Monday, April 21, 2014

The Paper Garden: an 18th century artist, and a biographer who gets in the way

The Paper Garden: An Artist Begins Her Life’s Work at 72 (2010) is a biography of the 18th century English artist Mary Delany by the American poet Molly Peacock.  Delany’s form was paper collages of flowers, portrayed with a botanist’s attention to detail.  Botanists would send exotic specimens to Delany to “sit” for a portrait.  It was almost a relief to learn that she would at times use a little bit of paint, but every shape and almost every shade of color is cut from paper.  The book is printed on thick, creamy paper designed to show off the numerous images, but nothing can duplicate the texture of the originals.  I would stare at the prints.  Just paper – impossible!

The collages, now owned by the British Museum, would be extraordinary objects under any circumstances.  The book’s subtitle tells the rest of the story.  Delany invented the form at the age of 72, and over the next decade, before her eyesight dimmed, she made 985 flower portraits, individual, innovative, and strangely personal.  Glue, scissors, black ink for the background, and a portfolio of colored paper, and of course a subject, say the winter cherry on the left, which to add to my amazement also incorporates, in the lower right, an actual seed pod skeleton.

Mary Delany’s biography would be of high interest even if she had never made the collages, but the sudden emergence of Delany as a fine and innovative artist puts a frame around her entire life.  How, I want to know, did she get there?

Just the question Molly Peacock asked when she discovered the flowers and conceived of this book.  The biography is organized chronologically, with one of the flowers made to imaginatively connect to the stage of Delany’s life.

Winter Cherry is an analogous name for Mrs. D.’s whole enterprise…  a self-portrait of the artist as a single stalk of a plant, showing her at four of life’s stages: the green lantern of childhood; the fully dressed, bright orange one with slight hip hoops – young womanhood; the lower lantern with part of the dress removed to show the interior of the plant – increasing maturity; and the last lantern, the heart of the aged woman.  The fine ribs of the plant material make the skeleton of the former lantern into something like a rib cage, with the cherry beating inside.  (318-9)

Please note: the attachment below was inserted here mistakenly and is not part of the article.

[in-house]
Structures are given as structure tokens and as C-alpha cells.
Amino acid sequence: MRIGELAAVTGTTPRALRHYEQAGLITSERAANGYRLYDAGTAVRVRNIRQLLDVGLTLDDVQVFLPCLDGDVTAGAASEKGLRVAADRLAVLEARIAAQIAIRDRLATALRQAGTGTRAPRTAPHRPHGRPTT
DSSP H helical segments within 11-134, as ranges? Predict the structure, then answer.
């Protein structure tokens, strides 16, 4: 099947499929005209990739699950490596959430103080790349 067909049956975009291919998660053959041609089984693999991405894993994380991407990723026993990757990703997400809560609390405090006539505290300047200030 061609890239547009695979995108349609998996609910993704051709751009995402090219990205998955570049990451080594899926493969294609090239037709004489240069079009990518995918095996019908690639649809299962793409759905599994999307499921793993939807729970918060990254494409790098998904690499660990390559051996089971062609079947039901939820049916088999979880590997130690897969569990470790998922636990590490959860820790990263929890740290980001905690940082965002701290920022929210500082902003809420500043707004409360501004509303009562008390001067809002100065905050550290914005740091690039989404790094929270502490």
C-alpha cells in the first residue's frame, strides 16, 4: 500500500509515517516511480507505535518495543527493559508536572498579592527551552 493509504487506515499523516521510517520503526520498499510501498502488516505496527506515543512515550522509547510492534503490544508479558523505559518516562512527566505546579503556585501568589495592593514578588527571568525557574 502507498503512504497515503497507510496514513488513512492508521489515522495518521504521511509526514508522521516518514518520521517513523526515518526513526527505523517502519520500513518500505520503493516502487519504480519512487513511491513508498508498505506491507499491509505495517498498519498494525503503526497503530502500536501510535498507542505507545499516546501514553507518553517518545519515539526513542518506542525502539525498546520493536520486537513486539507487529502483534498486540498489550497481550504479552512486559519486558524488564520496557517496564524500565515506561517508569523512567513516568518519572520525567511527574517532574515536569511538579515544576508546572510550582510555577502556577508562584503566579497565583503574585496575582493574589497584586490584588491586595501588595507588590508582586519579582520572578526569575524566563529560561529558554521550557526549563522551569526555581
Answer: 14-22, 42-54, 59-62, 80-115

Note the clothing theme; it runs through the whole book.  Some, perhaps much of this is fanciful.  The author is a poet.  She takes some wild leaps.

The wildest is the inclusion at the end of each chapter of her own memoir.  Awkward teen, parents, divorce, first poetry (late, but nowhere as late as 72), happy second marriage.  Some of these episodes have a parallel with her subject’s 18th century life, but obviously not all of them.  Yet Peacock often creates links between her own life and the flower portrait that heads the chapter, sometimes different, even unrelated links.

But artworks let us leap centuries.  Artwork to artwork, hand to hand, time falls away in the presence of the marvelous.  (229)

Well, sometimes.  The metaphor elides the effort, or strain, required.  There is some strain.  The memoiristic parts are always at the end of the chapter, and have their own heading.  They could easily be skipped or skimmed.  Why does the biographer weave her own life in with that of her fascinating subject?

I found the answer in Chapter 11, which is not about Mary Delany but about her great-great-great-great-great-great niece Ruth Hayden, author of Mrs. Delany: Her Life and Flowers (1980), the book that brought Delany’s life and work back to public attention.  Hayden was 58 when she completed the book.  Her formal education had ended when she was twelve.  Here, then, is another woman finding her “life’s work” at a late age.  Her story is not as remarkable as that of her distant aunt’s, but whose is?